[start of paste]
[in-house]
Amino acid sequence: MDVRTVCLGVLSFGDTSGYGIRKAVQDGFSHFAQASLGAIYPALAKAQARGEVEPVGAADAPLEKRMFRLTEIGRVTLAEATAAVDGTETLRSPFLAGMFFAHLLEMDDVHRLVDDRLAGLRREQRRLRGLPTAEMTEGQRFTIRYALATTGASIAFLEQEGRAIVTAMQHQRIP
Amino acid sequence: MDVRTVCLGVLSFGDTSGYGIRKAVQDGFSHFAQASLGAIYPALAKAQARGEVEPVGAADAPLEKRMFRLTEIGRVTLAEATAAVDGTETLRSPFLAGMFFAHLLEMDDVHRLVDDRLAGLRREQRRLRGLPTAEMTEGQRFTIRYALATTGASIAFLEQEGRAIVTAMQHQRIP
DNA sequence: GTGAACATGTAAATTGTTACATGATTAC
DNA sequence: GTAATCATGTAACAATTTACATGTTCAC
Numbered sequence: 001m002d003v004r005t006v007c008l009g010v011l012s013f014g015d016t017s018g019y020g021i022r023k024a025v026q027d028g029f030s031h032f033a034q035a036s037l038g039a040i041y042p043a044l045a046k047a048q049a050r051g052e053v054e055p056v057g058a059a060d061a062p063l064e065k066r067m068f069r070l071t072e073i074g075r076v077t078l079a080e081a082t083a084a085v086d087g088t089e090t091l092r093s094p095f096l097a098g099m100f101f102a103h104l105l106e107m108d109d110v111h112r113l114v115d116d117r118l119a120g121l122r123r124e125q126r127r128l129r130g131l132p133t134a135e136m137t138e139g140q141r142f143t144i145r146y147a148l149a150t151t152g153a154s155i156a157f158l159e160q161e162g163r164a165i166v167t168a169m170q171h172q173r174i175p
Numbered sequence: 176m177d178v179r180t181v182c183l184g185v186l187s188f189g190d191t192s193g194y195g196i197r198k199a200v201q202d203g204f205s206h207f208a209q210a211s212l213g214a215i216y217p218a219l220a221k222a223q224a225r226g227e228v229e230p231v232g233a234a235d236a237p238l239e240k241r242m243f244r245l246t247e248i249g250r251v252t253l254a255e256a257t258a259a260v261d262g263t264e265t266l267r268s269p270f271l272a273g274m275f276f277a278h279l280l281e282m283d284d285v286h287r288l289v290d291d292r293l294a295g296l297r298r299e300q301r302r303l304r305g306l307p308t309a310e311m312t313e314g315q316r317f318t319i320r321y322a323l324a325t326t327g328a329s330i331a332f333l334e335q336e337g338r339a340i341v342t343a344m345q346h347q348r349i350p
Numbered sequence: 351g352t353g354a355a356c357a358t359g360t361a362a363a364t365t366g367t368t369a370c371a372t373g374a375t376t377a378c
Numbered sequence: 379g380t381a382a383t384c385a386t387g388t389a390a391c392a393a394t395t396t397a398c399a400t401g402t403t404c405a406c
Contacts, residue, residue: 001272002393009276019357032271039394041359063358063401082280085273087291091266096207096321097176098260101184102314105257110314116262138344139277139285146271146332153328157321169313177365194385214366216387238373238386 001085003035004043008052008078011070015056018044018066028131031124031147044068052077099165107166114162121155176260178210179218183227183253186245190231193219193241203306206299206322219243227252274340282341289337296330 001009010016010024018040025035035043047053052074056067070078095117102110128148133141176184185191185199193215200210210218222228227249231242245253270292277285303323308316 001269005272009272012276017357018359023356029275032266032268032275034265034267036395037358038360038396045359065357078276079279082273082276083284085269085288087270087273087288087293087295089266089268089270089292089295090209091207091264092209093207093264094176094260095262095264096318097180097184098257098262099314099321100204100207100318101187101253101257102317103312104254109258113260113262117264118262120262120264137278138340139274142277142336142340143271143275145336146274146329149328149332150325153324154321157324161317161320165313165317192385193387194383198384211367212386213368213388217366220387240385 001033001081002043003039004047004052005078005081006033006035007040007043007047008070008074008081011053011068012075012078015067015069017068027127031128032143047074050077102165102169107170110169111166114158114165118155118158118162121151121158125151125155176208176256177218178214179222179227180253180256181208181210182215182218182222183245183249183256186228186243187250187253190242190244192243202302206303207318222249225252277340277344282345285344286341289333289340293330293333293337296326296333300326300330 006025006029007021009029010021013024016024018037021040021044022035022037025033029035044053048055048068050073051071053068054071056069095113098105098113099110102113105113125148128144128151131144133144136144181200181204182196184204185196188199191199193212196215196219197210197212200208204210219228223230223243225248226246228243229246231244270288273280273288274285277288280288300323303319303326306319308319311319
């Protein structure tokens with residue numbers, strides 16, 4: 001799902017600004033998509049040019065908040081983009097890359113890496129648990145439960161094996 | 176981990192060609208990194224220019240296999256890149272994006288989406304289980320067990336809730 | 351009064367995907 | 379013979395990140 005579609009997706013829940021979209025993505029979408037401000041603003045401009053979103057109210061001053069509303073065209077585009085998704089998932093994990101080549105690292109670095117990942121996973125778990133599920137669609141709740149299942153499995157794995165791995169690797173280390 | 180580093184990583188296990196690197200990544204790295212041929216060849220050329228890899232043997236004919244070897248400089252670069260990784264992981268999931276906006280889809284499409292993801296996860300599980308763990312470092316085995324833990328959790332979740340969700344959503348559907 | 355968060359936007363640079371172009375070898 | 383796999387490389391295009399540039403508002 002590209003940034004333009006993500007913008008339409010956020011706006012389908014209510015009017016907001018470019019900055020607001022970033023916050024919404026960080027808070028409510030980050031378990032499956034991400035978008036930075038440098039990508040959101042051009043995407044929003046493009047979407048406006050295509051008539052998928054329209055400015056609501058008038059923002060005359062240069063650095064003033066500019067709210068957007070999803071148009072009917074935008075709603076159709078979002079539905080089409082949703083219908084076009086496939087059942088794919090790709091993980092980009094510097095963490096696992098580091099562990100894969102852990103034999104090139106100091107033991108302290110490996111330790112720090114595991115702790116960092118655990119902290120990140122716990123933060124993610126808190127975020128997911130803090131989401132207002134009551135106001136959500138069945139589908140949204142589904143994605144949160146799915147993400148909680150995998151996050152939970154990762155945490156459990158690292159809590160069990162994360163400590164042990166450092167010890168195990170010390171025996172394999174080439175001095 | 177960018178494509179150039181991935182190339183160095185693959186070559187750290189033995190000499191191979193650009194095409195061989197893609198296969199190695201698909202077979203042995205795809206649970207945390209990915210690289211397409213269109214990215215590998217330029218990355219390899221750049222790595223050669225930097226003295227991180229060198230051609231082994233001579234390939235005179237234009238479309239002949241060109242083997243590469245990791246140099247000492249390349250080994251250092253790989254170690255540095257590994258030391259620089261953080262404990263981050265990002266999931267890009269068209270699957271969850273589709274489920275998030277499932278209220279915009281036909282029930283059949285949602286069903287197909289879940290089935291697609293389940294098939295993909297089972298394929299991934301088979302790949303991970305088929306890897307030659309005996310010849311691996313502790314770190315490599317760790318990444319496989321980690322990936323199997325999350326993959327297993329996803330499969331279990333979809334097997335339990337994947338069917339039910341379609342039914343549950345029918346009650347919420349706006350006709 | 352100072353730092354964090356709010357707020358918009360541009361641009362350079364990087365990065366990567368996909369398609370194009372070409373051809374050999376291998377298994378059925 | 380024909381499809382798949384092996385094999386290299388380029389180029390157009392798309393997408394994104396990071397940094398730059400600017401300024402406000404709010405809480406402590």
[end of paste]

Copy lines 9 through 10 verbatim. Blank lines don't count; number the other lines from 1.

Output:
Numbered sequence: 379g380t381a382a383t384c385a386t387g388t389a390a391c392a393a394t395t396t397a398c399a400t401g402t403t404c405a406c
Contacts, residue, residue: 001272002393009276019357032271039394041359063358063401082280085273087291091266096207096321097176098260101184102314105257110314116262138344139277139285146271146332153328157321169313177365194385214366216387238373238386 001085003035004043008052008078011070015056018044018066028131031124031147044068052077099165107166114162121155176260178210179218183227183253186245190231193219193241203306206299206322219243227252274340282341289337296330 001009010016010024018040025035035043047053052074056067070078095117102110128148133141176184185191185199193215200210210218222228227249231242245253270292277285303323308316 001269005272009272012276017357018359023356029275032266032268032275034265034267036395037358038360038396045359065357078276079279082273082276083284085269085288087270087273087288087293087295089266089268089270089292089295090209091207091264092209093207093264094176094260095262095264096318097180097184098257098262099314099321100204100207100318101187101253101257102317103312104254109258113260113262117264118262120262120264137278138340139274142277142336142340143271143275145336146274146329149328149332150325153324154321157324161317161320165313165317192385193387194383198384211367212386213368213388217366220387240385 001033001081002043003039004047004052005078005081006033006035007040007043007047008070008074008081011053011068012075012078015067015069017068027127031128032143047074050077102165102169107170110169111166114158114165118155118158118162121151121158125151125155176208176256177218178214179222179227180253180256181208181210182215182218182222183245183249183256186228186243187250187253190242190244192243202302206303207318222249225252277340277344282345285344286341289333289340293330293333293337296326296333300326300330 006025006029007021009029010021013024016024018037021040021044022035022037025033029035044053048055048068050073051071053068054071056069095113098105098113099110102113105113125148128144128151131144133144136144181200181204182196184204185196188199191199193212196215196219197210197212200208204210219228223230223243225248226246228243229246231244270288273280273288274285277288280288300323303319303326306319308319311319